Michigan health officials said a woman in Washtenaw County was hospitalized with a serious lung disease that turned out to be hantavirus.
They suggested that the woman had contracted this virus when she was cleaning an uninhabited dwelling that contained signs showing rodents being infected with the virus.
From January 2017 to date, 728 cases of this virus have been reported in the United States, which their medical teams have been monitoring since 1993, according to the Centers for Disease Control and Prevention.
New Mexico has the largest number of injuries, with 109, followed by Colorado with 104, Arizona with 78, California with 61 and Texas with 45.
The Centers for Disease Control and Prevention says that infection with this virus is not limited to touching rodents, as the virus may be transmitted to humans through air contaminated with the virus from rodent droppings or if something is contaminated with rat urine or saliva, according to Sky News.
She also adds that the infection is also possible in the event of eating food contaminated with the droppings of infected rodents.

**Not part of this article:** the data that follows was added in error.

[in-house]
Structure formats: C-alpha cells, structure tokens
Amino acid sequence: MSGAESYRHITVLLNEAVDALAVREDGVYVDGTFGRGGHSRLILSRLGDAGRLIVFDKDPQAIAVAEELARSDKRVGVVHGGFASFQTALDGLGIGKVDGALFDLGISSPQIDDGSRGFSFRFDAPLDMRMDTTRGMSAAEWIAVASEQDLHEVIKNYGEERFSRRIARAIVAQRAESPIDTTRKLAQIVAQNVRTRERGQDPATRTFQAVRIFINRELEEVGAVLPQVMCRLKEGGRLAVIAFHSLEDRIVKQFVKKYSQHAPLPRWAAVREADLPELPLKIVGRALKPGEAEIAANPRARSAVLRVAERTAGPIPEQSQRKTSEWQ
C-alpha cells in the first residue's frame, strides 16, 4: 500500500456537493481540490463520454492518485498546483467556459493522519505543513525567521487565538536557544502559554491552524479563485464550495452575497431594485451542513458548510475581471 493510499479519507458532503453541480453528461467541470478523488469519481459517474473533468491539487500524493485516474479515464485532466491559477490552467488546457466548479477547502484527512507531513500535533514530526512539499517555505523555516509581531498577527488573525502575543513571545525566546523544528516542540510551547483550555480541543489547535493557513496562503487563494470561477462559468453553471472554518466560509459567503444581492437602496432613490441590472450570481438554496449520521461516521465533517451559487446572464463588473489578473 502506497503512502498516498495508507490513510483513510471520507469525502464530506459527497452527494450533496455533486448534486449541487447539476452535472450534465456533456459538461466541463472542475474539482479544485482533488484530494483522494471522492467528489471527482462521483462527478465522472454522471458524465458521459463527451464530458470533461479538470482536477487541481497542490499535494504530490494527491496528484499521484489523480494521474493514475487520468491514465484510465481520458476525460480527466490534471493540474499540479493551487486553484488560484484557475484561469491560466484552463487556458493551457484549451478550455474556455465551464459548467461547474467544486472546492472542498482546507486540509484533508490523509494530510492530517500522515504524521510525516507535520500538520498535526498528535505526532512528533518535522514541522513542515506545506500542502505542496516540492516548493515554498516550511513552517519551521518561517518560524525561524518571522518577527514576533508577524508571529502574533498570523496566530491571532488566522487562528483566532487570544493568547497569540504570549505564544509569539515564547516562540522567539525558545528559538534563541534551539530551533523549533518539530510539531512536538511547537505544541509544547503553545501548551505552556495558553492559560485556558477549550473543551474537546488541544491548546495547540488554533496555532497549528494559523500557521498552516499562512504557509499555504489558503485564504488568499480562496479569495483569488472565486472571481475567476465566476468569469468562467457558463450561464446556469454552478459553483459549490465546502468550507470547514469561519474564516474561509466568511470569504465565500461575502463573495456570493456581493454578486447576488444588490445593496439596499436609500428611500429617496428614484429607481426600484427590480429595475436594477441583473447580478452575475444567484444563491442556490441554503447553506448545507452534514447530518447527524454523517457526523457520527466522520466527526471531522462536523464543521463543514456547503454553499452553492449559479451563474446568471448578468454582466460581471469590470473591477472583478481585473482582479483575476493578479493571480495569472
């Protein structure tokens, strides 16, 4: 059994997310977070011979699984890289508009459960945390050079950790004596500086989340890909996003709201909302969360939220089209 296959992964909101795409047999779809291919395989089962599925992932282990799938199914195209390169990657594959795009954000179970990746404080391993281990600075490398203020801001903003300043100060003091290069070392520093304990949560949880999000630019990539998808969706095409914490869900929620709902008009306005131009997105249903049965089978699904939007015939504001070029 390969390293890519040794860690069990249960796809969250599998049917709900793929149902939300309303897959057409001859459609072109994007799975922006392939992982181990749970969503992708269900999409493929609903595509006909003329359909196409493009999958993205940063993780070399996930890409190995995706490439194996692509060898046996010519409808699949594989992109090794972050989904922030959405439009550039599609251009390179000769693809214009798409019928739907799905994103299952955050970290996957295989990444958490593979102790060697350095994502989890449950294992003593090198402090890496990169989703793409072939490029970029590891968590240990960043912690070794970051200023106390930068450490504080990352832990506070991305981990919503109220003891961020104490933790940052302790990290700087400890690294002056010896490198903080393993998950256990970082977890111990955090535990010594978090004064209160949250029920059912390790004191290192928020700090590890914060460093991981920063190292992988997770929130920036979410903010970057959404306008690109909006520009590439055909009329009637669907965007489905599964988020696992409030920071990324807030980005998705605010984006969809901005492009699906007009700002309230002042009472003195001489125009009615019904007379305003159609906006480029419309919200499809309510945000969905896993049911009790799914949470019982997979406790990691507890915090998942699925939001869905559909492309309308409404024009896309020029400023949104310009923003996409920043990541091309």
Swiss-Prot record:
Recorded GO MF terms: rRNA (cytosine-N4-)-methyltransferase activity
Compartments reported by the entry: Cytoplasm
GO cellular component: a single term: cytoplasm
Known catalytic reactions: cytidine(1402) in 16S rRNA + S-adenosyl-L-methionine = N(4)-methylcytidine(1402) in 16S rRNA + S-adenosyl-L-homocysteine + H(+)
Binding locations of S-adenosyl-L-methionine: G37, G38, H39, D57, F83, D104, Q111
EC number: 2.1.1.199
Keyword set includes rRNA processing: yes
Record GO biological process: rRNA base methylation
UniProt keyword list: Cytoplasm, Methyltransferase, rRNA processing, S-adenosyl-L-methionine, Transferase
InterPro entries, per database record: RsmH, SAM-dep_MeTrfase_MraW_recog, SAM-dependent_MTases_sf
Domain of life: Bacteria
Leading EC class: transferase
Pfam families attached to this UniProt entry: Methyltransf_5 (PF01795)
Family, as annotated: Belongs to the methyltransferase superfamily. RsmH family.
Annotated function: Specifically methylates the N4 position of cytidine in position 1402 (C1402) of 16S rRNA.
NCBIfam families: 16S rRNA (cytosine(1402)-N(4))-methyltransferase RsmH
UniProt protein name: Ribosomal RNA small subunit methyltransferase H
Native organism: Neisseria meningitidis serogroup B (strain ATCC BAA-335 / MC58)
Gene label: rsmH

And anyone who comes in contact with rodents that carry hantavirus is at risk of contracting it, said Johnny Khaliden, Michigan health official.
This epidemic spreads among white-footed mice and cannot be transmitted from one person to another, as is the case with the Corona virus.
But its infection is fatal, as about 40 percent of those who contract the infection die from it.
Symptoms of hantavirus infection appear between one to eight weeks after exposure to the virus, and symptoms include fatigue, fever, headache and nausea.